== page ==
Background: Chronic exposure to certain metals plays a role in disease development. Integrating untargeted metabolomics with urinary metallome data may contribute to better understanding the pathophysiology of diseases and complex molecular interactions related to environmental metal exposures. To discover novel associations between urinary metal biomarkers and metabolism networks, we conducted an integrative metallome-metabolome analysis using a panel of urinary metals and untargeted blood metabolomic data from the Strong Heart Family Study (SHFS).
Methods: The SHFS is a prospective family-based cohort study comprised of American Indian men and women recruited in 2001-2003. This nested case-control analysis of 145 participants of which 50 developed incident diabetes at follow up in 2006-2009, included participants with urinary metal and untargeted metabolomic data. Concentrations of 8 creatinine-adjusted urine metals/metalloids [antimony (Sb), cadmium (Cd), lead (Pb), molybdenum (Mo), selenium (Se), tungsten (W), uranium (U) and zinc (Zn)], and 4 arsenic species [inorganic arsenic (iAs), monomethylarsonate (MMA), dimethylarsinate (DMA), and arsenobetaine (AsB)] were measured. Global metabolomics was performed on plasma samples using high-resolution Orbitrap mass spectrometry. We performed an integrative network analysis using xMWAS and a metabolic pathway analysis using Mummichog.
Results: 8,810 metabolic features and 12 metal species were included in the integrative network analysis. Most metal species were associated with distinct subsets of metabolites, forming single-metal-multiple-metabolite clusters (|r|>0.28, p-value < 0.001). DMA (clustering with W), iAs (clustering with U), together with Mo and Se showed modest interactions through associations with common metabolites. Pathway enrichment analysis of associated metabolites (|r|>0.17, p-value < 0.1) showed effects in amino acid metabolism (AsB, Sb, Se and U), fatty acid and lipid metabolism (iAs, Mo, W, Sb, Pb, Cd and Zn). In stratified analyses among participants who went on to develop diabetes, iAs and U clustered together through shared metabolites, and both were associated with the phosphatidylinositol phosphate metabolism pathway; metals were also associated with metabolites in energy metabolism (iAs, MMA, DMA, U, W) and xenobiotic degradation and metabolism (DMA, Pb) pathways.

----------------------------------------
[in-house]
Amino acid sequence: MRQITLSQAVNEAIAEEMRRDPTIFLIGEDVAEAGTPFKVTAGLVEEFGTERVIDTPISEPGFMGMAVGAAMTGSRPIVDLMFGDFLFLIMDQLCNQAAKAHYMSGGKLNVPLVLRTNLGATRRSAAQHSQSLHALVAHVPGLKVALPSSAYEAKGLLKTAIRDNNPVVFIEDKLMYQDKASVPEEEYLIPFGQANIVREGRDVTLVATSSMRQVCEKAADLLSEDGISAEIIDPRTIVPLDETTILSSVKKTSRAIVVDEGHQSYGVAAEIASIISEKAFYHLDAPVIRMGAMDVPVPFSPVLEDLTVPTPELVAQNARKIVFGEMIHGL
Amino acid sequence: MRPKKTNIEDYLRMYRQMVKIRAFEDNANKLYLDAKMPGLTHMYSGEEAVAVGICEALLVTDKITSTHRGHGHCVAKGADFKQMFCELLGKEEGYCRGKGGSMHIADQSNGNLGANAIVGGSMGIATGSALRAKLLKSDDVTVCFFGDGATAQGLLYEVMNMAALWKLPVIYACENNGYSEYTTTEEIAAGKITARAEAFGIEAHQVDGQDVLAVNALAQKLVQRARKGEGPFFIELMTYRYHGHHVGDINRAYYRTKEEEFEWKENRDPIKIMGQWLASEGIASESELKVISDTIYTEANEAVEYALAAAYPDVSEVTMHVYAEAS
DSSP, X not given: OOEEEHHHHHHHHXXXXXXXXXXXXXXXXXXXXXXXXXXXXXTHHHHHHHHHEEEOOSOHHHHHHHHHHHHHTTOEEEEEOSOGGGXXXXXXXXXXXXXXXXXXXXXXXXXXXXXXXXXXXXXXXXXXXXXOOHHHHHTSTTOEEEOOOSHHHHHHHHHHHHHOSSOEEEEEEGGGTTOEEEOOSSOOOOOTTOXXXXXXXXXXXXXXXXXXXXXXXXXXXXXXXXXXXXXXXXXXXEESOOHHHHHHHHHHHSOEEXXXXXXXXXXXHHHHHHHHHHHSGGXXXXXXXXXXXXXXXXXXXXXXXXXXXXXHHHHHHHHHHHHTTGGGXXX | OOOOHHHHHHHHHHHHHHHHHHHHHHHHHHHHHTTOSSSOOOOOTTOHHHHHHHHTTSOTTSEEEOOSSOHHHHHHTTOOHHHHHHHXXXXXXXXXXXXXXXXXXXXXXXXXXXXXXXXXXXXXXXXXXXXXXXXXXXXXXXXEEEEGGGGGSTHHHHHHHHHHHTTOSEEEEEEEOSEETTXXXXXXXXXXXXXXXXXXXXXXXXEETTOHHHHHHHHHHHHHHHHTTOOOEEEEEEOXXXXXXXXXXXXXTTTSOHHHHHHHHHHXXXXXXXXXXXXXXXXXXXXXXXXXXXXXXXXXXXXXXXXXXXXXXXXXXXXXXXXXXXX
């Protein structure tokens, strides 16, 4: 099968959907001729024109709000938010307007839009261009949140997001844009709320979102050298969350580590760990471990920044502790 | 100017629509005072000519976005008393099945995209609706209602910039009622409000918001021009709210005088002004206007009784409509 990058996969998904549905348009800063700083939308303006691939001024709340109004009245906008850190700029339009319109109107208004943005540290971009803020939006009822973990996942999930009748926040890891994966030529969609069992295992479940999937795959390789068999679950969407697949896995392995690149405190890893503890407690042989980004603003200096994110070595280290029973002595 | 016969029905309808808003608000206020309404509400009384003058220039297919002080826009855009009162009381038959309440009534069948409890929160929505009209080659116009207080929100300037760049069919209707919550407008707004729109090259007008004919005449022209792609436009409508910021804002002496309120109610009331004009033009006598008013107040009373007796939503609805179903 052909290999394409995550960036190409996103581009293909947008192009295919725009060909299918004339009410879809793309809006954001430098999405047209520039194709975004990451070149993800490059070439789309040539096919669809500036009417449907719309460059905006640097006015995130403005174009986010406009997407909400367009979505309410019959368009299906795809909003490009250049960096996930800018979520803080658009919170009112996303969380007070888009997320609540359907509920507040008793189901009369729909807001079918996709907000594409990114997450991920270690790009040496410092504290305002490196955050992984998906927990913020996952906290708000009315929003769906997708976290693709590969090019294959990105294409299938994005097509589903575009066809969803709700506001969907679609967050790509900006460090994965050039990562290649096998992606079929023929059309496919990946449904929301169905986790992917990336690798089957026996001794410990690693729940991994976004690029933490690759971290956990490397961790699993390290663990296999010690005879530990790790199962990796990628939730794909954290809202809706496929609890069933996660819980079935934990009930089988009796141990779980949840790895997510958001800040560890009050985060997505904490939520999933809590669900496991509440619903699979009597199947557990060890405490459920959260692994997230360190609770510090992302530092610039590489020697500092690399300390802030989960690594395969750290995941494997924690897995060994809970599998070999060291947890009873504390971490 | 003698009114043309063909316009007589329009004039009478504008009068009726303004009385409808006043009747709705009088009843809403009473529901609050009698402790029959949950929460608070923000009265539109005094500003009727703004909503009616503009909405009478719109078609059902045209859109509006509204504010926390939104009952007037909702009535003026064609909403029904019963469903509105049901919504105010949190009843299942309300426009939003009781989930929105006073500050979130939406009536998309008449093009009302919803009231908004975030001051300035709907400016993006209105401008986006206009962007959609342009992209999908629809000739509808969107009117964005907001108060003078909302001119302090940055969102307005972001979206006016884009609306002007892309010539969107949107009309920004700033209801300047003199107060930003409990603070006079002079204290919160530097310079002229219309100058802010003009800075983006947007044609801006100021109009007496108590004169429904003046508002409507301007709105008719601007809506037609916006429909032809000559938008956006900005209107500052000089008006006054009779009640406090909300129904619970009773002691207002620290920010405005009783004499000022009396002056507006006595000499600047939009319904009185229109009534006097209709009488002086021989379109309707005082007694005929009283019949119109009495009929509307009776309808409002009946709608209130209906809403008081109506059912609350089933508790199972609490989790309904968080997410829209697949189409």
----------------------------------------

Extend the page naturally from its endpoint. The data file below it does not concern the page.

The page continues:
Conclusion: In this integrative analysis of multiple metals and untargeted metabolomics, results show common associations with fatty acid, energy and amino acid metabolism pathways. Results for individual metabolite associations differed for different metals, indicating that larger populations will be needed to confirm the metal-metal interactions detected here, such as the strong interaction of uranium and inorganic arsenic. Understanding the biochemical networks underlying metabolic homeostasis and their association with exposure to multiple metals may help identify novel biomarkers, pathways of disease, potential signatures of environmental metal exposure.
Keywords: American Indians; Diabetes; Integrative omics; Metabolomics; Metal-mixtures; Metallomics; Metals.
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